Minimum payment standards for artists' labor have never been established by government at the city, state or federal level — that task has been left to us. In the absence of state oversight, W.A.G.E. introduces mechanisms for self-regulation into the contemporary art field that provide both artists and institutions with the means to collectively bring about a more equitable distribution of its economy.
WAGENCY is a transactional platform that provides working artists of varying means with the necessary collective agency to negotiate compensation or withhold content from the nonprofit institutions that contract our labor. We built WAGENCY for artists who need to earn money in order to survive, and who refuse to support a multi-billion dollar industry through their exploitation by it.
Artists are contracted workers. We supply content and produce value in the gig economy just like millions of others. When we enter into temporary transactional relationships with institutions we are content providers but that doesn't diminish the content of our work. It has nothing to do with what we make because payment is not for the content itself — it is for its provision. It is for the work of working with an institution.
When we work with public institutions we can expect to be compensated for our labor and paid according to the only standards the sector has: W.A.G.E. standards. When we willingly go unpaid we not only exploit ourselves, we exploit each other. When we participate in a race to the bottom we deny the participation of those who can't afford to work for free. It is because the exploitation of human labor originates from and holds in place race, gender, and class-based forms of oppression and dispossession that it must be challenged. WAGENCY is how we propose to organize an unpaid workforce in an unregulated field.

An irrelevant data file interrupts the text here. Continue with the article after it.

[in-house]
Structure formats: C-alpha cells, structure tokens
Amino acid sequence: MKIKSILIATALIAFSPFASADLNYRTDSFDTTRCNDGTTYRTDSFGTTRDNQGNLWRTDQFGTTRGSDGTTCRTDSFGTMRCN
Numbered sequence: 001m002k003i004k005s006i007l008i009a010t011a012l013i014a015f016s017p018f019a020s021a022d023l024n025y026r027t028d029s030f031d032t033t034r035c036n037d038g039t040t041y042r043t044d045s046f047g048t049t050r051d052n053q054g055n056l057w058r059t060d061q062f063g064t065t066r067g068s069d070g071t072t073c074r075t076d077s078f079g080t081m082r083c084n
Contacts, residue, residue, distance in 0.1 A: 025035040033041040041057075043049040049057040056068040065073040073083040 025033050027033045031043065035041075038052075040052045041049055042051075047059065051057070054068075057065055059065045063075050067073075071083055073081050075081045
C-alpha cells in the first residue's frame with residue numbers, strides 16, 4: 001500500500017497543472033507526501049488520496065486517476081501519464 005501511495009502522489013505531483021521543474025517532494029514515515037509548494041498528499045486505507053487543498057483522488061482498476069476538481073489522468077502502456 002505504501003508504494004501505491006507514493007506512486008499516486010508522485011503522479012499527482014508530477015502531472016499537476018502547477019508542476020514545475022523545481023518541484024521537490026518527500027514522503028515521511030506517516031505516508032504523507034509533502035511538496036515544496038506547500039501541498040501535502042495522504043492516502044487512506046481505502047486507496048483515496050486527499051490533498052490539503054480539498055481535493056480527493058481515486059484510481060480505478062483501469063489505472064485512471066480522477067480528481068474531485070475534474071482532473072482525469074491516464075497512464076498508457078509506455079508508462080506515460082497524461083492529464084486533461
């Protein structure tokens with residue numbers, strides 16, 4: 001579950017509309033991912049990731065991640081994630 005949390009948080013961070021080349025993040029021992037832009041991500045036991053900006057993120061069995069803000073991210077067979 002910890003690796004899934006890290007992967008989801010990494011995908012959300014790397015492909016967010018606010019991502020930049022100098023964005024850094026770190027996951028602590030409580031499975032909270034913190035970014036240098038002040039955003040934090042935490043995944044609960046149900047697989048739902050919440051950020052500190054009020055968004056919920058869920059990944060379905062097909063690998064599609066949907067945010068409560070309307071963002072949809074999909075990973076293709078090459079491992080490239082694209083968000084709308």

WAGENCY facilitates the transaction and fair remuneration of artists' labor in the nonprofit sector. It supplies artists with digital tools and the necessary collective agency to negotiate W.A.G.E. fees or withhold content from art institutions when they decline to pay according to W.A.G.E. standards. Instead of a coordinated strike mechanism, WAGENCY enables a matrix of individual boycotts that can and will happen at any given time. Follow a simple 5-step process to increase your bargaining power with institutions and build collective strength together with other artists.